Did they all rub? No, just three. The last one had it's voice coil wires unsoldered. The reconer had put his sticker on the inside of the frame spoke facing towards the cone (meaning you had to rip the cone out to see it or get out a compact mirror). Amplified Instrument Service in Detroit, MI. The client will be contacting them, but it's hard to say if the seller had them do this or not. He just charged my client a shit load of money for these G12M's (green, black and 2 gray backs) that suck.

Long story short, my average on old Celestions with voice coil rub is about 30-40% bad on arrival. Granted, I've bought about 500 old Celestions, but if you only had 1 bad out of 50, you've led a charmed life.
I would guess you see the worst of things, because anytime someone is selling one desirable speaker or even a pickup, my thought is why? What happened to the others? I feel the likely hood of failure or disappointment is much higher when your out in the vintage parts market. It’s great that companies like yours are out there to provide a solid successful service when needed.
 

Garth Rocket

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Holy $hit, that's roughly 175 out of 500! Yea, either I've got good luck, or you've got bad luck :hmm: Well, look at it this way... If I ever have to buy raw speakers going forward, with the price of vintage what they are now and the great options we have today, I will likely buy Scumback and a few other current options. I'm pretty thankful for your R&D and commitment to bring great current speakers with the character we love from the golden oldies.
Any time you get a hint of nonsense when you are looking at vintage, I’ve found it’s best to pass. There’s usually more issues in the areas you couldn’t or didn’t inspect. Provenance is important and knowing why a guy bought and eventually sold his gear is actually quite relevant. I always like the adds telling you it’s the best guitar or amp they’ve ever had, yet they are selling it. That’s a red flag for me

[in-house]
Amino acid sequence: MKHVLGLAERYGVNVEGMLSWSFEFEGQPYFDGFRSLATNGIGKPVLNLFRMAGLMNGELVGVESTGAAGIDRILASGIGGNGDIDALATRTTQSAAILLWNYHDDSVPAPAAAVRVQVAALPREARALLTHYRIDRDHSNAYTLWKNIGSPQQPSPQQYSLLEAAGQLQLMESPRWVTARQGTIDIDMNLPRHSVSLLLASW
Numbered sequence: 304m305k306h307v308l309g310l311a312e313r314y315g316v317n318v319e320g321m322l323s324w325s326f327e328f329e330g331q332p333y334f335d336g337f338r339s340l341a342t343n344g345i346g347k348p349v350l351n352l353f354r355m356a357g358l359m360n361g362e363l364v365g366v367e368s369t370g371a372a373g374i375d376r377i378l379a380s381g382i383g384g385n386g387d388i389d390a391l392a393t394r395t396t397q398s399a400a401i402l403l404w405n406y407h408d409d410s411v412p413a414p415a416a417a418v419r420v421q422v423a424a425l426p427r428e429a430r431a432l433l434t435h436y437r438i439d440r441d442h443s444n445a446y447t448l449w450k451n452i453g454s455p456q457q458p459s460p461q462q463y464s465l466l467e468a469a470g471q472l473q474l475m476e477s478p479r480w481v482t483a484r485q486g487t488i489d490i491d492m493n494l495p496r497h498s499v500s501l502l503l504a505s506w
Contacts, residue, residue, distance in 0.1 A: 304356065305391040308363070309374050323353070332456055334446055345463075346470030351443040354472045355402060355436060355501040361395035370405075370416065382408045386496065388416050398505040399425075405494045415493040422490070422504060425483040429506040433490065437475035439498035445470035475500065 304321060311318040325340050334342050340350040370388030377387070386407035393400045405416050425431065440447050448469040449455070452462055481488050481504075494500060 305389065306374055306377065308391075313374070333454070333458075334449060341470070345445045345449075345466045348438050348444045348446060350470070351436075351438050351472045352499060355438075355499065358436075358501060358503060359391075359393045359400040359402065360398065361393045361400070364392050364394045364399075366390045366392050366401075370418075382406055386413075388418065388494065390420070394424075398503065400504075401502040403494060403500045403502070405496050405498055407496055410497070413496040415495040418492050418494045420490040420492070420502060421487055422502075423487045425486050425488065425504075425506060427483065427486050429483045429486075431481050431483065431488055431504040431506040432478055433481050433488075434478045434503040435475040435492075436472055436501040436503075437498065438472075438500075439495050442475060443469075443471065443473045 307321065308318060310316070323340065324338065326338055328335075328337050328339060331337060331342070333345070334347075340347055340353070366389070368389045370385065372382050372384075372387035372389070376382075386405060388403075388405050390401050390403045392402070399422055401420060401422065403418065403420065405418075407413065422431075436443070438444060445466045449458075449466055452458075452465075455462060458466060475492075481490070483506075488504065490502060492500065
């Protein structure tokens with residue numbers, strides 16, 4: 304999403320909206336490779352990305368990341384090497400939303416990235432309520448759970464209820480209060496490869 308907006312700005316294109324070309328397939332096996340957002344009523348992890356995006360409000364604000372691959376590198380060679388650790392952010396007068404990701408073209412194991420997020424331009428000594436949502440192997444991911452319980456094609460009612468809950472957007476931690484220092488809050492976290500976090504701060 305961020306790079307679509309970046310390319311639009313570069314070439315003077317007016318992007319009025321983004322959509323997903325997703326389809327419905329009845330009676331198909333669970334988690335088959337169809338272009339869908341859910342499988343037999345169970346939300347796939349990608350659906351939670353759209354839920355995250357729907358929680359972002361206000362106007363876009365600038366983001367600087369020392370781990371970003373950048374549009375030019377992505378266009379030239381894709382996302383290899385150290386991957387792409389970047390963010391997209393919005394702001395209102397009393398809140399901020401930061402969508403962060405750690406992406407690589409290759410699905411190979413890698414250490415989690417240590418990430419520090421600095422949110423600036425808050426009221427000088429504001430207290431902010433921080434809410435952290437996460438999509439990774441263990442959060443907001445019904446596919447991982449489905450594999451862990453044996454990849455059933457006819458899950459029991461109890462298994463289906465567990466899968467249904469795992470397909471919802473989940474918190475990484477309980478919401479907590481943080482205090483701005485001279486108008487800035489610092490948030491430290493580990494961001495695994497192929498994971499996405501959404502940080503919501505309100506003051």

BygoneTones

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I would go with a higher percentage than that for me. Not necessarily with coil rub, but I'd go with around 75% that I get hold of will have issues of some kind, or just not sound as they should. I'm talking about old greenbacks and alnicos btw. The later speakers like the G12-80s and 65's, or reissue greenbacks tend to be a lot better made and more robust, they are a safer buy generally speaking.

It's the old argument do you keep things original for collectability's sake? Or do you maintain them and have them sound as good as possible? Is it a museum piece you like looking at or something you want to actually use for recording / gigging etc? It's finding that middle ground, keep as original as possible, but also sounding as good as possible.
 

metromutt

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I would go with a higher percentage than that for me. Not necessarily with coil rub, but I'd go with around 75% that I get hold of will have issues of some kind, or just not sound as they should. I'm talking about old greenbacks and alnicos btw.

Personally I'd go a tad higher. Over the years I was collecting old greenbacks up to the last Blackbacks, most had coil rub when pressing the cone to emulate movement at high volume. I ended up selling the last of my collection for £60 each as I couldn't bring myself to sell on ebay knowing that they were not in tip top condition. I can't stress enough for people to test before buying. That said if you're only going to play at low volumes then chances are they're going to sound great, well at least nice 'n warm!
 

Derrick111

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I think it just depends. The two issues I had both showed up at low volumes or when the notes decayed at higher volumes. Of note, both were full cabinet purchases, not raw single speaker(s). I believe at least one of my coil rub issues was from being dropped/rough handles in shipping... probably both were though. Sadly, I have found out many times what "brown can do for you". I trust the seller of that one. No matter how well you pack, if an ape throws your 82 lbs. cabinet many feet in the shipping bay because you are board, hate your life, and the box says "Fragile!", there is bound to be frame movement.
 

Scumback Speakers

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After my first 20-30 DOA G12M/G12H purchases, I instituted a policy of getting my money back if the speaker tested had "cone cry", voice coil rub, vibrational noises, or glue joints that came loose (spider, dust caps, etc). I'd say about 40-50 times I got my money back on those purchases as I had to then recone the speaker. But I still got burned plenty of times before I did that purchase clause since I did well over 250 buys (usually 2-4 at a time).

It didn't hurt that Orange County Speaker Repair did the testing (before I got my own test equipment) for me, so there wasn't any BS about it for the seller.

I am glad that's all behind me, though.